We are also both quite independent and strong minded people. So I find it strange, but it probably makes sense, that as soon as he moved out we started getting along much better and have hardly argued, and never fought, in more than eight years. In fact we probably have the best relationship of anyone in the family and I do consider him a good friend as well as a brother. There’s a different level of understanding, and – dare I say – respect that comes from that understanding.

To his credit (credit in my opinion) Dad was somewhat open to the views I brought home, and at least admired my passion, and has abandoned the Liberals at least once in the last three federal elections, possibly at all of them, and, like Mum and the Frisco bro, is a strong supporter such things as environmental protection. So while they may be somewhat conservative, they are not nowhere near the ‘evil’ end of the scale.

In terms of life, my parents persist in pushing me to invest in property and (more) shares, while any money I have I just want to spend on travel and digging life around Melbourne. They get offended when I choose to decline an offer for them to go 40 minutes out of their way to drop me home from a family event, when I’d actually prefer a short stroll, and time reading on the train while I fare evade.

This needy generosity drives me mad at times and is a pertinent current point of tension as I assert my need to challenge myself and learn through good and bad experiences. I’m the youngest by five years; they still want to protect me I guess.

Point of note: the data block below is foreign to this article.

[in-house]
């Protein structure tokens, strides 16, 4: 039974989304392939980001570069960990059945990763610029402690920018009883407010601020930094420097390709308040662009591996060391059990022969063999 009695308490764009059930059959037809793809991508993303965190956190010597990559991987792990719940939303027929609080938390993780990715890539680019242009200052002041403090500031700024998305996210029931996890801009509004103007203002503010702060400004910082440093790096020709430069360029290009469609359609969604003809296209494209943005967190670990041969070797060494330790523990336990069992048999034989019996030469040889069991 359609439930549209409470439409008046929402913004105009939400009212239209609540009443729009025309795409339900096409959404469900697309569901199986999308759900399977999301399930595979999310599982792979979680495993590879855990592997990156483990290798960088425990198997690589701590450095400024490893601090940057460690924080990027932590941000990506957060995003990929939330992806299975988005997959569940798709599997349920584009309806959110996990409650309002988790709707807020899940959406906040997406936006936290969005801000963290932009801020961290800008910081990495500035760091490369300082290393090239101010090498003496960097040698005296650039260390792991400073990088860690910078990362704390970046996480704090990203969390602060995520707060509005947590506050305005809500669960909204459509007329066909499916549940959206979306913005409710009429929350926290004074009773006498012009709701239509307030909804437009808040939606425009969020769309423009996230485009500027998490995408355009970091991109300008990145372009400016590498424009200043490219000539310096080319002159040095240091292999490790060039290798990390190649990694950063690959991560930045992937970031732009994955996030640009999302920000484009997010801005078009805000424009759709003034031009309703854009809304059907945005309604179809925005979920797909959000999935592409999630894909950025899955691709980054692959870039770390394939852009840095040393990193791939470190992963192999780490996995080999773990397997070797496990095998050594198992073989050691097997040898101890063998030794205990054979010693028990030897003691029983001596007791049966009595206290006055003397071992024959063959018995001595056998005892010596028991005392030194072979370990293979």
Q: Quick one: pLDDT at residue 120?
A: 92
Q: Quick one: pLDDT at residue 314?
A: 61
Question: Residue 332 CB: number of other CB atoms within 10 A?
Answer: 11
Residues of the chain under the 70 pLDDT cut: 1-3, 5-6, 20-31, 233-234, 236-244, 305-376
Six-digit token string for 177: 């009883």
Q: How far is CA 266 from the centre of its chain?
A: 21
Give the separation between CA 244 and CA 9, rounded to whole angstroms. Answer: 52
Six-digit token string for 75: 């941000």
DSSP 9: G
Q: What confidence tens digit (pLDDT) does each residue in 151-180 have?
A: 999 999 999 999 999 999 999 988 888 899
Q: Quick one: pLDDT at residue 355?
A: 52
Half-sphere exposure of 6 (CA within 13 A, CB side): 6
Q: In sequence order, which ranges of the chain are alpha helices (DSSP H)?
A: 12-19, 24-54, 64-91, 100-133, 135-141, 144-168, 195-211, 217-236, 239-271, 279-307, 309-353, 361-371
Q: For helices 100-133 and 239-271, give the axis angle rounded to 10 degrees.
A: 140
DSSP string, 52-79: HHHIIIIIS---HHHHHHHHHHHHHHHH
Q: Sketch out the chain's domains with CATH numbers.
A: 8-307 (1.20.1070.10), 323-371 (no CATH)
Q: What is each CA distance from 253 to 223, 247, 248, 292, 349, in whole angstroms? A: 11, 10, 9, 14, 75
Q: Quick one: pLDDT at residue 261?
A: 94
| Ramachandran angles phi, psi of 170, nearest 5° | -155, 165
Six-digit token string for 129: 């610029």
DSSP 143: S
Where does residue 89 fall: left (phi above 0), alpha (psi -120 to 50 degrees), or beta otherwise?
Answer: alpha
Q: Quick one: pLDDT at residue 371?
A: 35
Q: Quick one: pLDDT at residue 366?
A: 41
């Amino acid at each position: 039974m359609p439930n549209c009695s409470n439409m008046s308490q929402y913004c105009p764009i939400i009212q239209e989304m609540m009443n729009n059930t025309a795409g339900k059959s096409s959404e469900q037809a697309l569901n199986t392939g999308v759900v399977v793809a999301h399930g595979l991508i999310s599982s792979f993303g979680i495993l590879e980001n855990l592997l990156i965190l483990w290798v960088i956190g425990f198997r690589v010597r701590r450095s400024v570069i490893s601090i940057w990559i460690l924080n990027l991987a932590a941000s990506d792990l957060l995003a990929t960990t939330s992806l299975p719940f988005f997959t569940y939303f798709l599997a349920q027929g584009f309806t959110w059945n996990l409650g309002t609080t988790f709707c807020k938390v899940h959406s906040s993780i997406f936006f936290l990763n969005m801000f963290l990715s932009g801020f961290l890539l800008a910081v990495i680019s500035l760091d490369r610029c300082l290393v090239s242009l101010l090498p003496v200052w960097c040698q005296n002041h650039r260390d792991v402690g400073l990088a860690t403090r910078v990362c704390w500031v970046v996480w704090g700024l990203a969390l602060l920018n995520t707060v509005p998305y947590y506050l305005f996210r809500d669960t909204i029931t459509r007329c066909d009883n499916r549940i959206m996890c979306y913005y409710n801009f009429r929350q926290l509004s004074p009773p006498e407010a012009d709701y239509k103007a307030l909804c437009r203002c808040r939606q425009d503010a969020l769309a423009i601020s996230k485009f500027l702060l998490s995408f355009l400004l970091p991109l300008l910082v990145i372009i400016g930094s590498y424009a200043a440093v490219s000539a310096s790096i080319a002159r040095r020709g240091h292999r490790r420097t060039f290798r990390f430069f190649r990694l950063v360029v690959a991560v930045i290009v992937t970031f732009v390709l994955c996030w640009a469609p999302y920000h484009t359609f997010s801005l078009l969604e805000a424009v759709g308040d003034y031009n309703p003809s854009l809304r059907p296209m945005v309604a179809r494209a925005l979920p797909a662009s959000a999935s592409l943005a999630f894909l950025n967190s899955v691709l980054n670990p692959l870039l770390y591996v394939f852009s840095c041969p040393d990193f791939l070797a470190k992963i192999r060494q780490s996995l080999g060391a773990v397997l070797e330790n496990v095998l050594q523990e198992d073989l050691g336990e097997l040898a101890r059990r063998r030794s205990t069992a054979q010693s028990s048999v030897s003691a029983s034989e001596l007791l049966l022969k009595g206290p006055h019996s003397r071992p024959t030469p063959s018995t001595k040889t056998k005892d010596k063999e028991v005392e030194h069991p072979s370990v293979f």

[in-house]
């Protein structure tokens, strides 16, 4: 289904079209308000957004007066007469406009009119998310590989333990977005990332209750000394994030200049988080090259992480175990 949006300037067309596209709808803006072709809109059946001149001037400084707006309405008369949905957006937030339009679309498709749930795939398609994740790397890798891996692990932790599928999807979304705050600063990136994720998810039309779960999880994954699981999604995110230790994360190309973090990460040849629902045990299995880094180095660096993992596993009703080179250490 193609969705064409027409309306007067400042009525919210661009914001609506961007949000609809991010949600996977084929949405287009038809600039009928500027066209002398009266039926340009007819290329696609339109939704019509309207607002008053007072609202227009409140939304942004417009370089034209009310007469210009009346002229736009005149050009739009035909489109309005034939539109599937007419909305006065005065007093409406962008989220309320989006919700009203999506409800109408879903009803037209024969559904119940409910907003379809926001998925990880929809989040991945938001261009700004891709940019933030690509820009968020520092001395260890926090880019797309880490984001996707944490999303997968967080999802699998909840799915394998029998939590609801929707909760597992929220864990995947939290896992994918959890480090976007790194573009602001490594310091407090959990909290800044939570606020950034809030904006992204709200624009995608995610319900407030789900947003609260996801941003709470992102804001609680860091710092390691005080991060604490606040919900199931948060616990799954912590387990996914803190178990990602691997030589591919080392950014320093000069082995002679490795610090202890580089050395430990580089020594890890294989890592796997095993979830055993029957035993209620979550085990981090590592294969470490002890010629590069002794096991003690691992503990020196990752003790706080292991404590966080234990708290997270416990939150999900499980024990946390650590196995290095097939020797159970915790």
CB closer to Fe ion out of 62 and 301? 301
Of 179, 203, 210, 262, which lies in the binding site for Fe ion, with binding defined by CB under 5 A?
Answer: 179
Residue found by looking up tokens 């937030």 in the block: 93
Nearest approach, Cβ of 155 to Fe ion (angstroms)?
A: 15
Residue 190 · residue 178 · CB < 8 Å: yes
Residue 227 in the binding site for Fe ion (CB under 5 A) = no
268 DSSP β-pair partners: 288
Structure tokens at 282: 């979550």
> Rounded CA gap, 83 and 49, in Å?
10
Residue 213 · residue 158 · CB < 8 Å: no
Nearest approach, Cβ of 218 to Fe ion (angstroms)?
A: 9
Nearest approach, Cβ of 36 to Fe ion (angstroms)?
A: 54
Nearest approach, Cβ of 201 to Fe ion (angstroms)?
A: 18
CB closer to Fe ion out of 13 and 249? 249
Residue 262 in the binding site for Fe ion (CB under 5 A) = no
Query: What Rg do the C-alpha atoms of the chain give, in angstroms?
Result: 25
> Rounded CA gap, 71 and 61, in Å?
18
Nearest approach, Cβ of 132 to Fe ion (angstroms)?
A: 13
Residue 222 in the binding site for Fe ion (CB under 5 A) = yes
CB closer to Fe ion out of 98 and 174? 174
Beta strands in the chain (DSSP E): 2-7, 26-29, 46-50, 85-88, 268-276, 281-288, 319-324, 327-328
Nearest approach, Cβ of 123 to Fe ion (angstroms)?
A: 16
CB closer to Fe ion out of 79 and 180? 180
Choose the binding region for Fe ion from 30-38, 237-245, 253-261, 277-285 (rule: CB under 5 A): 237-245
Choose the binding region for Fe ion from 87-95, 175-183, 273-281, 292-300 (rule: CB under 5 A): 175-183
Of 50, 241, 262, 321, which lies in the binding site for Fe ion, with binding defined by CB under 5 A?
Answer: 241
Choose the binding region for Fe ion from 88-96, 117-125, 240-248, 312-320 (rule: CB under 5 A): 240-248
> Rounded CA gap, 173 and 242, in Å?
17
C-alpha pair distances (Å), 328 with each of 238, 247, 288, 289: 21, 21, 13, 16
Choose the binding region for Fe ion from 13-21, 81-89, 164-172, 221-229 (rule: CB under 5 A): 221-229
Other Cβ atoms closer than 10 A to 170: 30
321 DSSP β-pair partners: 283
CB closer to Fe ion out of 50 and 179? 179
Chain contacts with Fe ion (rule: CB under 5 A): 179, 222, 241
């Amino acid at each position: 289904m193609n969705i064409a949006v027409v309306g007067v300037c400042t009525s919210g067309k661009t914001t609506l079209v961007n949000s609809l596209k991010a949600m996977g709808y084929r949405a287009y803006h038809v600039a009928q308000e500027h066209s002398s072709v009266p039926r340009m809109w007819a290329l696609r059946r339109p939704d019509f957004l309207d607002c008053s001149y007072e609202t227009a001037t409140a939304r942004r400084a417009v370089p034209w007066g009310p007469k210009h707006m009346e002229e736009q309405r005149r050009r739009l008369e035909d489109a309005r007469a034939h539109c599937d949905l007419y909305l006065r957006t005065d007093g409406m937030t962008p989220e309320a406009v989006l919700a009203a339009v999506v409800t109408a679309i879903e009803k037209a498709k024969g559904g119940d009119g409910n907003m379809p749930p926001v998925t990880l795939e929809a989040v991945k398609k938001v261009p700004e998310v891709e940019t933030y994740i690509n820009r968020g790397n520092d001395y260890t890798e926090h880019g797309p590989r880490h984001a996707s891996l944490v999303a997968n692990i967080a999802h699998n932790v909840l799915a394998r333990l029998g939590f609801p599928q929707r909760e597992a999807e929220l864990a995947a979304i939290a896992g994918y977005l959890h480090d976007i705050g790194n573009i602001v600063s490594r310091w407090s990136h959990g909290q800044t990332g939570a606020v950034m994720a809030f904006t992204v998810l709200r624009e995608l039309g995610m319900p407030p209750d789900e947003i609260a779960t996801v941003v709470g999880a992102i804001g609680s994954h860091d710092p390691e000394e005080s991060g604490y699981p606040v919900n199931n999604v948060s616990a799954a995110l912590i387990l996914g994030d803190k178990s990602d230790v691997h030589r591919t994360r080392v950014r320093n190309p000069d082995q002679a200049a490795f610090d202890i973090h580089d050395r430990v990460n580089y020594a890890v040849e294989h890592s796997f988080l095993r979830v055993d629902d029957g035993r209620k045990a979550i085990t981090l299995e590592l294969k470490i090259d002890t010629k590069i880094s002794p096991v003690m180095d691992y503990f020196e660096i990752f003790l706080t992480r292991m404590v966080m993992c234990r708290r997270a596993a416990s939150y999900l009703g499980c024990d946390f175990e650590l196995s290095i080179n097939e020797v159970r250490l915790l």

And so I look to my friends to find the adventure and exposure to life’s riches that I crave.

I love my family dearly. They will always be there for me, always have been; I know that they will provide me with anything I need (‘need’!) as far as they can if I ask, and I would do so for them.

For me that’s what family’s about. Not everyone is so lucky to have such support and love, but that’s how it should be. No matter our differences, or our arguments, we will always be tied not just by a biological, but also an emotional bond.

And when/if I have my own children I will learn from my parents – both their mistakes and their wisdom, and I will most likely take a somewhat different approach and make my own mistakes. But hopefully they’re around long enough to offer an additional, alternative approach as grandparents well into my children’s lives.

1 comment:

  1. Family is a funny thing. Like you said, dumb luck who you get. I am adopted, so the whole nature over nurture once consumed me. But my adopted brother and I are so very different I know it's nature with a hint of nurture.

    Friends are wonderful things, you're right, they are who you choose. You end up surrounding yourself with the ones you (and this is my definition) you can ring in the middle of the night for any reason. I'm lucky to have three I would say without a doubt, I could do this with.

    This is a great post and you are a great writer. x